One could safely argue that the mainstream revival of Americana has its roots in the Coen Brothers. For decades, Americana remained a niche market until the Coens took The Anthology Of American Folk Music into the mainstream with their 2001 film O Brother, Where Art Thou?. The film’s soundtrack, which featured the likes of Alison Krauss, Emmylou Harris, and Ralph Stanley, surprisingly became a mega-selling, Grammy-winning behemoth, and it’s not difficult to see the connections between that album’s cultural moment and the current Mumford-ization of the Top 40. Now, the Coens have another film that finds them examining the music of America’s past, and they’ve assembled some of the same crew, O Brother producer T-Bone Burnett, in particular, to put together the soundtrack to Inside Llewyn Davis. Unfortunately, the end result is an album that doesn’t quite click the way that one would hope.
Burnett and co-producer Marcus Mumford (surprise, surprise) have made a curious move in putting together Inside Llewyn Davis’ soundtrack: Rather than follow O Brother‘s example of collecting a rotating series of bluegrass luminaries, the soundtrack relies on Inside Llewyn Davis star Oscar Isaac as its musical center. In the context of the film and its backstory (Inside Llewyn Davis is a loose adaptation of the life story of Greenwich Village folk singer Dave van Ronk), the move to place Isaac front and center makes sense, and Isaac is a capable enough singer to pull it off. However, his vocal performances never reach heights beyond “pleasant”, and his constant presence on the album bores after a few songs. Thankfully, Isaac is backed up by crack musicians throughout Inside Llewyn Davis. Particularly, Isaac’s tracks with the Punch Brothers are fine listens, reliant as they are on the band’s intricate and subtle arrangements.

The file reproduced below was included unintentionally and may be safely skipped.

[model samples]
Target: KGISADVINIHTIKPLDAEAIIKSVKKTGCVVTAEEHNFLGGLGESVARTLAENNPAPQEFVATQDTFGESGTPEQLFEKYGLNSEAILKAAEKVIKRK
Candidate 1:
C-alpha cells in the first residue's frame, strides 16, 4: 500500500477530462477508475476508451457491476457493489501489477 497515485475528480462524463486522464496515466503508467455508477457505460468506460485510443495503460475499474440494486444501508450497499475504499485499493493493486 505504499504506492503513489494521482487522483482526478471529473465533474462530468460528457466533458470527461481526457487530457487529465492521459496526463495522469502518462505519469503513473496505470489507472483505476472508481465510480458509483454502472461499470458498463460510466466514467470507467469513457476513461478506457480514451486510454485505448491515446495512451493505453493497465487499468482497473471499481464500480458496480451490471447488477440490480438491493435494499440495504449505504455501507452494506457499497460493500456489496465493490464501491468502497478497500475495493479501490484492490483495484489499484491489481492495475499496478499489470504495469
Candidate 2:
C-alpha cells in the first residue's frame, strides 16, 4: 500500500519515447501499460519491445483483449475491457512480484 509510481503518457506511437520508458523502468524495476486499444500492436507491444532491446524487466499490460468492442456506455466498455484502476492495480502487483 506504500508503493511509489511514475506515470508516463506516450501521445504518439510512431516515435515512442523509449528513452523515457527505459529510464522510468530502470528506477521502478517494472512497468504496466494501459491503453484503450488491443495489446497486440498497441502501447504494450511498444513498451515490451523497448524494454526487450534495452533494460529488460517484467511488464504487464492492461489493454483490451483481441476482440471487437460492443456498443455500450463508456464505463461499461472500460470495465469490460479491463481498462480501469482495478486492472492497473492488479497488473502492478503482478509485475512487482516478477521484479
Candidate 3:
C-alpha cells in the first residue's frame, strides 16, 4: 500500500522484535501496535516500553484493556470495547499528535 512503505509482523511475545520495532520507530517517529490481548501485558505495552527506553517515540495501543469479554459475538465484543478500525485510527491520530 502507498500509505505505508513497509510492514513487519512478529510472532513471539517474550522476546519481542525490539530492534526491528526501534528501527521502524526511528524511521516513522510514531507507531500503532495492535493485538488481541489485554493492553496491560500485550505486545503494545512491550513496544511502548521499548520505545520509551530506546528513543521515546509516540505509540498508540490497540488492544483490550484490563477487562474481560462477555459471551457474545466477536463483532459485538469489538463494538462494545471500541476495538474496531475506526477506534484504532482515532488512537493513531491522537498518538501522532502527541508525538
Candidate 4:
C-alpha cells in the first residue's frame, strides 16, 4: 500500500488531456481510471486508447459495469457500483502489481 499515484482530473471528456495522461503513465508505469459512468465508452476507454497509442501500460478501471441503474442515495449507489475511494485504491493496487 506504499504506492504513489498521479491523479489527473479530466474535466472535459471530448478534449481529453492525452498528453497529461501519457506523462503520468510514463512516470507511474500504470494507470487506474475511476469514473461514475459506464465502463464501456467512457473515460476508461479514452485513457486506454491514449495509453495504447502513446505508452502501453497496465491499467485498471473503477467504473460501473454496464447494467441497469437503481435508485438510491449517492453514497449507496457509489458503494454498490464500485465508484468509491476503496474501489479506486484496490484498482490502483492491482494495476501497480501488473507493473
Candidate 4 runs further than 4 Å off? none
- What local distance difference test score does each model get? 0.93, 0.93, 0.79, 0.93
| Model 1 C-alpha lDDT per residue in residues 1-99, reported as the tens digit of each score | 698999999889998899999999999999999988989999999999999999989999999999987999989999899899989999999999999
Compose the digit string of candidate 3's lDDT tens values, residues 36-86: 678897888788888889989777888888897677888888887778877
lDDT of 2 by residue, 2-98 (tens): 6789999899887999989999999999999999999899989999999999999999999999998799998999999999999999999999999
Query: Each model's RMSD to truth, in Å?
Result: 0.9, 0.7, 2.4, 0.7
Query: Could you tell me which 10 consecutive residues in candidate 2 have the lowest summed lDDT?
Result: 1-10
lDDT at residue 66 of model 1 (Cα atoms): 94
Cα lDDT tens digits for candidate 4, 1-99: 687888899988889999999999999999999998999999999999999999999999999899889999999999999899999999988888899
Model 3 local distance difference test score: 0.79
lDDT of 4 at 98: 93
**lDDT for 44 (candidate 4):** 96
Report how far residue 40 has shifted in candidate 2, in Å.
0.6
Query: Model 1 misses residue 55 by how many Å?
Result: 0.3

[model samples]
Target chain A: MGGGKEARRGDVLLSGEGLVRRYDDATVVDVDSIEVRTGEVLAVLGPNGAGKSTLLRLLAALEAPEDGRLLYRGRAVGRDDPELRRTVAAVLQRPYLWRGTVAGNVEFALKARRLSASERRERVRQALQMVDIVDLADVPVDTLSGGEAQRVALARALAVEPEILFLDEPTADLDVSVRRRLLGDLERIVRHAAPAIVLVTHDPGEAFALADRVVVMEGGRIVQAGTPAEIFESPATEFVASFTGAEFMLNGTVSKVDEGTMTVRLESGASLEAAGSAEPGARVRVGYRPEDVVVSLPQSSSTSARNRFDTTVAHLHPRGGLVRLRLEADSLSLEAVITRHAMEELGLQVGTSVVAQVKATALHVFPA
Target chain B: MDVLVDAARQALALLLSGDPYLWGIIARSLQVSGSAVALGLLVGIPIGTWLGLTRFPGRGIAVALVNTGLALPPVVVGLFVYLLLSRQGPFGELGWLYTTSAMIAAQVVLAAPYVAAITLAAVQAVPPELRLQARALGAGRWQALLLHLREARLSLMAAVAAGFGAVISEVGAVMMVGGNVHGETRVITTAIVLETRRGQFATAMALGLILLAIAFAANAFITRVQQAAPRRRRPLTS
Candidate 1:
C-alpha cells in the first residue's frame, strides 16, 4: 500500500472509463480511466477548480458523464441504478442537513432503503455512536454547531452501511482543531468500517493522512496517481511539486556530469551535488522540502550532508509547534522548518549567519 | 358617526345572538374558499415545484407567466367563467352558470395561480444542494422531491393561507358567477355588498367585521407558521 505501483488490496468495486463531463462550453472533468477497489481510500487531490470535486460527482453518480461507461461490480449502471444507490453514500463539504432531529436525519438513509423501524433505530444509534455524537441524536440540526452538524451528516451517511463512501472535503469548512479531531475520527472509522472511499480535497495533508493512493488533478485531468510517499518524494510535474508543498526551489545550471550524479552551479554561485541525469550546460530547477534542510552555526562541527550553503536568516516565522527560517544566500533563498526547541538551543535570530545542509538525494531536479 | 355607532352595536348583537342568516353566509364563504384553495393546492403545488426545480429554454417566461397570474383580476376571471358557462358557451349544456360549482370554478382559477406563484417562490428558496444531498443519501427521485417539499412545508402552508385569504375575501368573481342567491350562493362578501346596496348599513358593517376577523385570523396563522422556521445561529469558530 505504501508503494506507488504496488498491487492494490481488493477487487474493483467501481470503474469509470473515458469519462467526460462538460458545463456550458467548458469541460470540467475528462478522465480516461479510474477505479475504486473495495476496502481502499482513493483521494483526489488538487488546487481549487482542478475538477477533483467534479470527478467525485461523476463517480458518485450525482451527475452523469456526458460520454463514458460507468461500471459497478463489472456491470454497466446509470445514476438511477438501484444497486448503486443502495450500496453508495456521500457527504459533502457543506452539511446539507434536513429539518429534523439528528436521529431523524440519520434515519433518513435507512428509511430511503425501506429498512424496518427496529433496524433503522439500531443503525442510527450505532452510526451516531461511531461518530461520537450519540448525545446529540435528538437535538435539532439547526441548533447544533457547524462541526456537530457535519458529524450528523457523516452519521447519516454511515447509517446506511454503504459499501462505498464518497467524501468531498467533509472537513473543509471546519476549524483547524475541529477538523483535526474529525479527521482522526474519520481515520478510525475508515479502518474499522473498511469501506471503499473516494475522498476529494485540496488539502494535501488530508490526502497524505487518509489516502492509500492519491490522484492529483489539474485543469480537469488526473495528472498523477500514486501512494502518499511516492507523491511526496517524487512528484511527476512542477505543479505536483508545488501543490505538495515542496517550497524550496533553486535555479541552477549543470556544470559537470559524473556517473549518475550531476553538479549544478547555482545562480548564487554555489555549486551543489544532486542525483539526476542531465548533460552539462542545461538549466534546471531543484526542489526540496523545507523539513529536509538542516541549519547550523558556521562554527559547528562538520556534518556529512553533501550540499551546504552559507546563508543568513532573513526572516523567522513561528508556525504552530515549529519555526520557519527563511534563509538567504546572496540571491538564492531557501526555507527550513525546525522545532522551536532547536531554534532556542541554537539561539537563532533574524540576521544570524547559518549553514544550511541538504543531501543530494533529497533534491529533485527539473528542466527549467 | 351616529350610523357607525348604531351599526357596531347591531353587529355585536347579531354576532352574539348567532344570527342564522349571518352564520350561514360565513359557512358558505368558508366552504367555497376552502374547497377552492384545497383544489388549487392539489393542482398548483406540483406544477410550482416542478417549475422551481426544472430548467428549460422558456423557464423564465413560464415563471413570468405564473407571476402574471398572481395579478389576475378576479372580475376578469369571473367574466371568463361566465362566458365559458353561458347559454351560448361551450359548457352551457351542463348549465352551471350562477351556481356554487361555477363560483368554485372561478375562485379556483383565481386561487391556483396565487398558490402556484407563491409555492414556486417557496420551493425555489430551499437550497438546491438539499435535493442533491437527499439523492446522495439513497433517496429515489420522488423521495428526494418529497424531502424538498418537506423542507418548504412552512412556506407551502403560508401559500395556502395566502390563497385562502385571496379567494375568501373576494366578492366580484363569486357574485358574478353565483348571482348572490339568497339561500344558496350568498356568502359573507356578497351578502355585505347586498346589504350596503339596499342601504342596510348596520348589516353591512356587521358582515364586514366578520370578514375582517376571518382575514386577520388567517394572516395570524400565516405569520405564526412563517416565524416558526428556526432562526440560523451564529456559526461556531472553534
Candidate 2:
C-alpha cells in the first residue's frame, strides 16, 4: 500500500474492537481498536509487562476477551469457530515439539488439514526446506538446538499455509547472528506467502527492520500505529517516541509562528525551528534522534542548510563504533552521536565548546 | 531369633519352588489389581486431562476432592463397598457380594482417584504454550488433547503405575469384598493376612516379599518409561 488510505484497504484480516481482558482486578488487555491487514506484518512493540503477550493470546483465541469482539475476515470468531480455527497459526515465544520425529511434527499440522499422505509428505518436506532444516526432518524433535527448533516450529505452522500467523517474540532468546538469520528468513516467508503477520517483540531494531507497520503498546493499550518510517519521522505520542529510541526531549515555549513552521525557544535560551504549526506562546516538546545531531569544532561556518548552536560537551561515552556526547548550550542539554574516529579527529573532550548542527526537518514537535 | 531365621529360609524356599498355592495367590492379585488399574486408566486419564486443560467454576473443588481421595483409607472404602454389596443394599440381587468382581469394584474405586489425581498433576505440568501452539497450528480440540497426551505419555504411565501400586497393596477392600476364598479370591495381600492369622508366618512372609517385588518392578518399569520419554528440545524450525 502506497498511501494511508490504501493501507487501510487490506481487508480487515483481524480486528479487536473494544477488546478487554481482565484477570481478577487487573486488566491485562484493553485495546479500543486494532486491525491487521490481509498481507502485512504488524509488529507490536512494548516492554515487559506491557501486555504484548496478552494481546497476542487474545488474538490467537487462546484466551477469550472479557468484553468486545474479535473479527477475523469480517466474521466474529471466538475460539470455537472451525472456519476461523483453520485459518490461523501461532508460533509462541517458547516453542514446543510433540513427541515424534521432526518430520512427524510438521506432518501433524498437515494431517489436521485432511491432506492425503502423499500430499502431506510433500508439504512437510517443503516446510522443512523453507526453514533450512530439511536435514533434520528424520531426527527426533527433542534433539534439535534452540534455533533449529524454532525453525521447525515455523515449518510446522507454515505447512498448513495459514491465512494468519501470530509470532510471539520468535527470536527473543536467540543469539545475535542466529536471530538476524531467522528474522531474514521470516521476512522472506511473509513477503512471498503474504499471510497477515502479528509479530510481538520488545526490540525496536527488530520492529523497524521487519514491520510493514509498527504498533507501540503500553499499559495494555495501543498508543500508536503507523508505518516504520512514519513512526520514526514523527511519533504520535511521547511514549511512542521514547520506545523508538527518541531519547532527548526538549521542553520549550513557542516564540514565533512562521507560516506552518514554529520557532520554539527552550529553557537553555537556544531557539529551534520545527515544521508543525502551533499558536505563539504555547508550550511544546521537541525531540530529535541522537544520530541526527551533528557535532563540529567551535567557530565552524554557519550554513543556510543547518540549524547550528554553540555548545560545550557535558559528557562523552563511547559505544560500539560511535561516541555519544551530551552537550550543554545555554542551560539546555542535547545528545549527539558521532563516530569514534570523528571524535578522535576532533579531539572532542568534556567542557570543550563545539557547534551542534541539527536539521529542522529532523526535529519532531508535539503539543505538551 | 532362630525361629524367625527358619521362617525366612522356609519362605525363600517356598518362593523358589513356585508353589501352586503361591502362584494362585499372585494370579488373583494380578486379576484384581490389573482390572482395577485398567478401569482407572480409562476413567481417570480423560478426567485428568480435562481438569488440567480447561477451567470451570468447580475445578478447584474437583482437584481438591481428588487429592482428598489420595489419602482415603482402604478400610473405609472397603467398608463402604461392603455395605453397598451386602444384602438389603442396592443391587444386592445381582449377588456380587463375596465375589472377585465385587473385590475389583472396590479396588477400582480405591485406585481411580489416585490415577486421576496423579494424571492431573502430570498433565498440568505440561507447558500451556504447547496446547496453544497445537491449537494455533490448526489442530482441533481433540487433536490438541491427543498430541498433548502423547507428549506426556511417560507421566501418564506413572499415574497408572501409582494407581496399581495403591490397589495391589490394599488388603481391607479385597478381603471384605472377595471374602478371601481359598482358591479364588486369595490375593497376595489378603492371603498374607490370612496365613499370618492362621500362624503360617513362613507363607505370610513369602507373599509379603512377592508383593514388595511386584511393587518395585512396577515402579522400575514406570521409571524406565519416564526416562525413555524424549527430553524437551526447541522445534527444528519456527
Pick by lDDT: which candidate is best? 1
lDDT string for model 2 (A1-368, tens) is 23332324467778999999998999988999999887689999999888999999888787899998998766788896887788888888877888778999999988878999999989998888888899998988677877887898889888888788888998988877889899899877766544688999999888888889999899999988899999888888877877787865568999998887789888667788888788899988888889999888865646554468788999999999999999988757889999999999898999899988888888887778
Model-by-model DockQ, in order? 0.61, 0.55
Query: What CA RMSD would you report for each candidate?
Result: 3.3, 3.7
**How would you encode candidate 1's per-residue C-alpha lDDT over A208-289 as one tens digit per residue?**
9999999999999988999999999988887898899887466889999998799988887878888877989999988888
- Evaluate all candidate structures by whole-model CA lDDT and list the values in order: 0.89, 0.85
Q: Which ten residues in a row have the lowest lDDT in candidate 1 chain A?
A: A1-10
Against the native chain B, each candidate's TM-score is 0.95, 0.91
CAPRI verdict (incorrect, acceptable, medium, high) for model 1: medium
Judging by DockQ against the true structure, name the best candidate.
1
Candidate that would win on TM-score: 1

There are livelier moments on the soundtrack, many of which come when Isaac steps away from the microphone. John Cohen’s grizzled take on “The Roving Gambler” is a delightfully shambolic take on the song, one that could have easily fit in with some of the field recordings on O Brother. The album shows an affection for Celtic folk, but while Isaac’s studied rendition of Ewan MacColl’s “The Shoals of Herring” falls, flat, the Chris Thile-led harmonies on “The Auld Triangle” give the song a haunting, unsettling feeling that’s more than welcome on an album filled with straight-faced songs. Well, straight-faced aside from the humorous send-up “Please Mr. Kennedy”. Written by Burnett and the Coens themselves, the song is a perfect send-up of the topical-yet-whimsical songs that were prevalent during the early ‘60s folk explosion. Parody is certainly the goal here (Adam Driver’s baritone asides are played successfully for laughs), but it’s also the one moment where Isaac loosens up, joining Justin Timberlake in an absolutely giddy performance. Some could argue that it’s slight, but it has the sort of crackling energy that’s all too lacking on the rest of the album.
There’s a lot to cultivate from exploring the music of the early Greenwich Village folk scene, and Inside Llewyn Davis’ soundtrack does its best to find a new way to examine it in 2013. Still, as pleasant of a listen as it is, one can’t help but think that there was a better way to do this, one with more of a creative spark than what’s on display here. As focused and professional as it is, the Inside Llewyn Davis soundtrack is everything you wouldn’t expect from the Coen brothers: measured, serious, and kind of lifeless.